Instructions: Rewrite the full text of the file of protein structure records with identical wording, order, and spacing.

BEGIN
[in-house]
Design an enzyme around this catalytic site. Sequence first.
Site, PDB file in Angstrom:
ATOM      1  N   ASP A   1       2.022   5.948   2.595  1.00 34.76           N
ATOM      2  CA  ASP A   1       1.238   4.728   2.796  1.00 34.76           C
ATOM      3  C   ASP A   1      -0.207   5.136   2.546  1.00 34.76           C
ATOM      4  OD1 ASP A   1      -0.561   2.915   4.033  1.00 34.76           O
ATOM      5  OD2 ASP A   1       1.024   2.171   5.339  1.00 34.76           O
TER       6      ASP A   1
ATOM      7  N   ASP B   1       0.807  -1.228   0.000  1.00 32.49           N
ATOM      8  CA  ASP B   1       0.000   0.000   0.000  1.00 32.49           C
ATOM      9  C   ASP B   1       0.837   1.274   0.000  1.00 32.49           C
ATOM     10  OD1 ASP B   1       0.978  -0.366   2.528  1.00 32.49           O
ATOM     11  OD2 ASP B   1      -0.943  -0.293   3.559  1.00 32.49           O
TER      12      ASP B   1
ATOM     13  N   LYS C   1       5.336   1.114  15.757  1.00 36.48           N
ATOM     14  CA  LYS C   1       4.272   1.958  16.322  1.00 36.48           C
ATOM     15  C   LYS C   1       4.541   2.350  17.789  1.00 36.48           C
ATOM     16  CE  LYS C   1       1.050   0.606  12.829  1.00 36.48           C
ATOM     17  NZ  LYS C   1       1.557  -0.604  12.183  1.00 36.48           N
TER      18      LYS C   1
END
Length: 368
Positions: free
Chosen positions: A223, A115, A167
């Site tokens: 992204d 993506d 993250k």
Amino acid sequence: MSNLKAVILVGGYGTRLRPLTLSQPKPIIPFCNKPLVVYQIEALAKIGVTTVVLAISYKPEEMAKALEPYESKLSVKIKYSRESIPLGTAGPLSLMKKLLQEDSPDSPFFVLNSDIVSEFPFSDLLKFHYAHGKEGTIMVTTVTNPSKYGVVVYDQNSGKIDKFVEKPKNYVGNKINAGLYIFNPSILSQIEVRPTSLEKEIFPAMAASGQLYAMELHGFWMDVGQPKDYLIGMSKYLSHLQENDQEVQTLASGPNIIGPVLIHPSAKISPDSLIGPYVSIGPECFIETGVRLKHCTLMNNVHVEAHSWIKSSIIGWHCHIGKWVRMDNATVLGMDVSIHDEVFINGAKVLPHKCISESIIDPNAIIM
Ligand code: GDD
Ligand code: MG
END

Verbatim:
[in-house]
Design an enzyme around this catalytic site. Sequence first.
Site, PDB file in Angstrom:
ATOM      1  N   ASP A   1       2.022   5.948   2.595  1.00 34.76           N
ATOM      2  CA  ASP A   1       1.238   4.728   2.796  1.00 34.76           C
ATOM      3  C   ASP A   1      -0.207   5.136   2.546  1.00 34.76           C
ATOM      4  OD1 ASP A   1      -0.561   2.915   4.033  1.00 34.76           O
ATOM      5  OD2 ASP A   1       1.024   2.171   5.339  1.00 34.76           O
TER       6      ASP A   1
ATOM      7  N   ASP B   1       0.807  -1.228   0.000  1.00 32.49           N
ATOM      8  CA  ASP B   1       0.000   0.000   0.000  1.00 32.49           C
ATOM      9  C   ASP B   1       0.837   1.274   0.000  1.00 32.49           C
ATOM     10  OD1 ASP B   1       0.978  -0.366   2.528  1.00 32.49           O
ATOM     11  OD2 ASP B   1      -0.943  -0.293   3.559  1.00 32.49           O
TER      12      ASP B   1
ATOM     13  N   LYS C   1       5.336   1.114  15.757  1.00 36.48           N
ATOM     14  CA  LYS C   1       4.272   1.958  16.322  1.00 36.48           C
ATOM     15  C   LYS C   1       4.541   2.350  17.789  1.00 36.48           C
ATOM     16  CE  LYS C   1       1.050   0.606  12.829  1.00 36.48           C
ATOM     17  NZ  LYS C   1       1.557  -0.604  12.183  1.00 36.48           N
TER      18      LYS C   1
END
Length: 368
Positions: free
Chosen positions: A223, A115, A167
């Site tokens: 992204d 993506d 993250k």
Amino acid sequence: MSNLKAVILVGGYGTRLRPLTLSQPKPIIPFCNKPLVVYQIEALAKIGVTTVVLAISYKPEEMAKALEPYESKLSVKIKYSRESIPLGTAGPLSLMKKLLQEDSPDSPFFVLNSDIVSEFPFSDLLKFHYAHGKEGTIMVTTVTNPSKYGVVVYDQNSGKIDKFVEKPKNYVGNKINAGLYIFNPSILSQIEVRPTSLEKEIFPAMAASGQLYAMELHGFWMDVGQPKDYLIGMSKYLSHLQENDQEVQTLASGPNIIGPVLIHPSAKISPDSLIGPYVSIGPECFIETGVRLKHCTLMNNVHVEAHSWIKSSIIGWHCHIGKWVRMDNATVLGMDVSIHDEVFINGAKVLPHKCISESIIDPNAIIM
Ligand code: GDD
Ligand code: MG